There were no nitty-gritty details about global health funding in the budget blueprint President Obama released Thursday. But we can do a little tea-leaf reading from the big-picture numbers.
The White House asked for $51.7 billion to fund the State Department and other international programs, an increase of about $4.5 billion over the fiscal year 2009 appropriation.
The White House says this first Obama budget will put us “on a path” to doubling foreign assistance and that the administration would “continue to build” on a commitment to increase funding for global health programs. And PEPFAR did get a mention.
Here’s the most relevant snipet:
Increase funding for Global health Programs.
Boosting the quality of health around
the world is not only a moral consideration; it is
also in the country’s interest as pandemics and
poor health care can destabilize whole regions
as well as travel around the globe. In the Budget,
the United States will continue to build on
its commitment to save lives through increasing
investments in global health programs, including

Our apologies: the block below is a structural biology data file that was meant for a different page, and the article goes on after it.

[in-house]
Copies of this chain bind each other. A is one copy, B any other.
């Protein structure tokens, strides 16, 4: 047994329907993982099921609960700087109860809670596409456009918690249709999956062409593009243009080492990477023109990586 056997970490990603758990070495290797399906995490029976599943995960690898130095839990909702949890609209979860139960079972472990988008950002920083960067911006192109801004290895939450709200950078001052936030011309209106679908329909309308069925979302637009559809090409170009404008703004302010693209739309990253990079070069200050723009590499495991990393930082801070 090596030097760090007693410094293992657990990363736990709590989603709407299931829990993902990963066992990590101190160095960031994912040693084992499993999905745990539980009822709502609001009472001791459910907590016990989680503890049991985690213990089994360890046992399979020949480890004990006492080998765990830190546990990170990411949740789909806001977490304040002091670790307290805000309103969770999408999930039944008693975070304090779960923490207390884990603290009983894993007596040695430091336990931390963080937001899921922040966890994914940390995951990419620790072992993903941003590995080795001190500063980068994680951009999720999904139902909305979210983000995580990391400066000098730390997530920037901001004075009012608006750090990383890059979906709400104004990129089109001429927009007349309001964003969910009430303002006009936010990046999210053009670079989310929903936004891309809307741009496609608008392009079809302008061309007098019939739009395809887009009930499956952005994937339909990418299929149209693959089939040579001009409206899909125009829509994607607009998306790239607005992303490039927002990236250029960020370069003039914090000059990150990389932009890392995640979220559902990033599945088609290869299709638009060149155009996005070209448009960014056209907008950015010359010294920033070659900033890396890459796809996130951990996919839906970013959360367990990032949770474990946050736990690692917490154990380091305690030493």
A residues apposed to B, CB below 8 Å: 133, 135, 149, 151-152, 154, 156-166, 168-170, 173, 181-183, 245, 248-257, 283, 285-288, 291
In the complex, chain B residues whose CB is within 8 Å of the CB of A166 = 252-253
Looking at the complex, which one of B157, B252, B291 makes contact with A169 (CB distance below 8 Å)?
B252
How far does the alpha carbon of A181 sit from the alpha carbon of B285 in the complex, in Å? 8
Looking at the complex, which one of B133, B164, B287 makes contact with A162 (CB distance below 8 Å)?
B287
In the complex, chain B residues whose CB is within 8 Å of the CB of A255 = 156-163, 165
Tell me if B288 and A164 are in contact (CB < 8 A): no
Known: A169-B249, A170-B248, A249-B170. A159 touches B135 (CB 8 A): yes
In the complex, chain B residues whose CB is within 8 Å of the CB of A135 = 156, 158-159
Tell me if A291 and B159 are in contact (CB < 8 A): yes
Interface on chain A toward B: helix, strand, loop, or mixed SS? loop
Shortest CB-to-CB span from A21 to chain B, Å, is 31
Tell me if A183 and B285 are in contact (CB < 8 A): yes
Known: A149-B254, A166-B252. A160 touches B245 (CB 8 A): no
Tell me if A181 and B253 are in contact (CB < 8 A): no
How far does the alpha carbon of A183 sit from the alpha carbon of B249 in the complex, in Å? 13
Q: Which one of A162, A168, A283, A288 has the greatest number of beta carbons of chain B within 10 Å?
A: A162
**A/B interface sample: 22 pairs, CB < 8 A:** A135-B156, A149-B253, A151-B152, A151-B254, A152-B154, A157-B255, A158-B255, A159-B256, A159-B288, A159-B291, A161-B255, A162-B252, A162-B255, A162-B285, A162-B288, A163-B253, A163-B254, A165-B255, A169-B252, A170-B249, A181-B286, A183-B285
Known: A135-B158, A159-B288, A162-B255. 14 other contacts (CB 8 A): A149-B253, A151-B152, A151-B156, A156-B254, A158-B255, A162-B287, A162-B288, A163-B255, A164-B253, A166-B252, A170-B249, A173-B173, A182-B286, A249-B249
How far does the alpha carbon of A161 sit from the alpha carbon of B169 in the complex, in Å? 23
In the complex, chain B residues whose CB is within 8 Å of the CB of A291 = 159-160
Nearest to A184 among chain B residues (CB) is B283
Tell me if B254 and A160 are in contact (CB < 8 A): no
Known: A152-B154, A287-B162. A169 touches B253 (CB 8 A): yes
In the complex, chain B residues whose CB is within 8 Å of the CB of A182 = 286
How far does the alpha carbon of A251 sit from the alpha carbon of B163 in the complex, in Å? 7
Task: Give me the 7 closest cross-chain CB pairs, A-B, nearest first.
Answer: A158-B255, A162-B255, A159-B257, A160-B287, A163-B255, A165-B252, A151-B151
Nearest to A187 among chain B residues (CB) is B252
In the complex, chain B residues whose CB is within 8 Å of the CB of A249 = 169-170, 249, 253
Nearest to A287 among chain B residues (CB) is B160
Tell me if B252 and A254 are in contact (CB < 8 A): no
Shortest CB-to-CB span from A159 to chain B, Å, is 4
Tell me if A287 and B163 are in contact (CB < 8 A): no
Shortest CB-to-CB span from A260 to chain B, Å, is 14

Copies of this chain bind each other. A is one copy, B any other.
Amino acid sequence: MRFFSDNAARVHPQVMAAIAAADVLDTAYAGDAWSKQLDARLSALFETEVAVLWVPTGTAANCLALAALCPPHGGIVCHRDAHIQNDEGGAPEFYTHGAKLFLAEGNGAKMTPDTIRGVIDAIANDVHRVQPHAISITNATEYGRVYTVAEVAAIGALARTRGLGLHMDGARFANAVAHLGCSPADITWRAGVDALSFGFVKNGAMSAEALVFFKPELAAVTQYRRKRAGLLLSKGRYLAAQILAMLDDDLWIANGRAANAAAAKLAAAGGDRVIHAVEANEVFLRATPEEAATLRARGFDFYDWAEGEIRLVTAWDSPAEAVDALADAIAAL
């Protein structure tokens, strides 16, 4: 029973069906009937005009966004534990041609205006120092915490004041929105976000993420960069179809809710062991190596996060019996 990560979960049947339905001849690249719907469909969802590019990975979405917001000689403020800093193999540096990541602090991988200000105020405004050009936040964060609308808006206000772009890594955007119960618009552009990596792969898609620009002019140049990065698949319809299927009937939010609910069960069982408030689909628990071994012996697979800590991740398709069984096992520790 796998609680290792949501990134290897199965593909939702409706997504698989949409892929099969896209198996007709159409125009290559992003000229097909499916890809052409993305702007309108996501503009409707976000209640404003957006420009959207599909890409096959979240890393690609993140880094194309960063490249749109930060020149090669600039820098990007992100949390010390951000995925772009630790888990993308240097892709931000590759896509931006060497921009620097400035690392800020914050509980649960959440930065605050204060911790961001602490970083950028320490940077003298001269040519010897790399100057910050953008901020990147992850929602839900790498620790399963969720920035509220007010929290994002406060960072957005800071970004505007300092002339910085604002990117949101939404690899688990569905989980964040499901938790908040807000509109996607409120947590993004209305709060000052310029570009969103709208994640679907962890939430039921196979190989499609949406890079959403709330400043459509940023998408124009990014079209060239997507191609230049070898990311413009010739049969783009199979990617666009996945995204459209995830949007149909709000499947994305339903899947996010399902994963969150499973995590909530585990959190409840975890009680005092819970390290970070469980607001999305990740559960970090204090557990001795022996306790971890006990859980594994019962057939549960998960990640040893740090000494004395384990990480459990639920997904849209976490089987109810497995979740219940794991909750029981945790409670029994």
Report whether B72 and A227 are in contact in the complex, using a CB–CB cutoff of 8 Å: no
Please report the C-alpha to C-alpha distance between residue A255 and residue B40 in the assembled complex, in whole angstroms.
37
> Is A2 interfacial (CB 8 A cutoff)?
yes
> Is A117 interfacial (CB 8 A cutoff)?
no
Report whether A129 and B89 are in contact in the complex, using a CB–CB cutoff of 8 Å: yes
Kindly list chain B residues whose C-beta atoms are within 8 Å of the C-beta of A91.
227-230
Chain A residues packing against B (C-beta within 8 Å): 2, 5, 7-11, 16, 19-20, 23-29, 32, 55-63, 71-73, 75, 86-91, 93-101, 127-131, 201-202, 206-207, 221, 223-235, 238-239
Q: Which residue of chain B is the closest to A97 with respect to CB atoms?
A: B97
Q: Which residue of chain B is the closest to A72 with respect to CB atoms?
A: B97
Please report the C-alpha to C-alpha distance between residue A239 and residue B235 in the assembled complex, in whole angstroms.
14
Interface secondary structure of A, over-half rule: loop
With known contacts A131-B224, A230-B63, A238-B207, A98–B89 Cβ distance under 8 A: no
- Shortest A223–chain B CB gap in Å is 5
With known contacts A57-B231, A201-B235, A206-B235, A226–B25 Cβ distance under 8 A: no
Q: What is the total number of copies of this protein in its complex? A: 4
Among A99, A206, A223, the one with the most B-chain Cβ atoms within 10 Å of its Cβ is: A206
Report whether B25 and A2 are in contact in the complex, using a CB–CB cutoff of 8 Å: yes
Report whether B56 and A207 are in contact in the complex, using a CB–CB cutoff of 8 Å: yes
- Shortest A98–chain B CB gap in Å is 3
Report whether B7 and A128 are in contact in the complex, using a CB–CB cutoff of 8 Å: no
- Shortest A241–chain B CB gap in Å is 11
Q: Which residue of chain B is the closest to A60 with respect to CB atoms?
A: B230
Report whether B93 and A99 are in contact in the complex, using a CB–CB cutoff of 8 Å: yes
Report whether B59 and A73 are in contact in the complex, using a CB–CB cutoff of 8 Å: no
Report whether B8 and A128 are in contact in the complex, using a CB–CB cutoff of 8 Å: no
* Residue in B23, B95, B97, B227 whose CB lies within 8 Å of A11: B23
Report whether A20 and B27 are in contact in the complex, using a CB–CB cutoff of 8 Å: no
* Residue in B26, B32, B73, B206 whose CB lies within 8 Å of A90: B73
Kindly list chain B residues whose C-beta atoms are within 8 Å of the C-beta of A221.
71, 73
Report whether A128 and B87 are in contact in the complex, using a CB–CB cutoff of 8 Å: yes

in areas such as maternal and child health,
family planning and other core health programs,
while also emphasizing a commitment to HIV/
AIDS, malaria, and tuberculosis through successful
programs such as the President’s Emergency
Plan for AIDS relief and the Malaria Initiative.
In addition, together with our multilateral partners,
the Administration will continue to provide
global leadership to improve the health status of
the world’s poorest populations.
Sounds good, right? Yes, but as the Center’s David Bryden points out, the language “on a path” is vague at best. “At this rate, when would we get there?” he asks. “An extra $4.5 billion would not go very far, when divvied up among dozens of competing programs.”
And this morning, the New York Times writes that Obama advisers “may be rethinking other foreign priorities like global health — in particular the signature program of Mr. Obama’s predecessor, former President George W. Bush, to increase financing to fight the global AIDS epidemic.” The Times attributes that to Stephen Morrison, director of the Global Health Policy Center at the Center for Strategy and International Studies. Click here to read the Times’ piece, which doesn’t offer many specifics.
There’s still a window to influence the Obama administration’s spending request on global health programs. Help us make the case for more funding!
We’d love to hear from you about how a budget shortfall would affect your work: HIV or TB patients who won’t get treatment? Promising new drugs that won’t be brought to trial? Improved diagnostic tools that will stay on the shelf?
Email me at firstname.lastname@example.org with any stories that we can use to advocate in Washington for more global TB & HIV funds.
And for another take, click here to read what Tom Hart, of the One Campaign, had to say about Obama’s budget.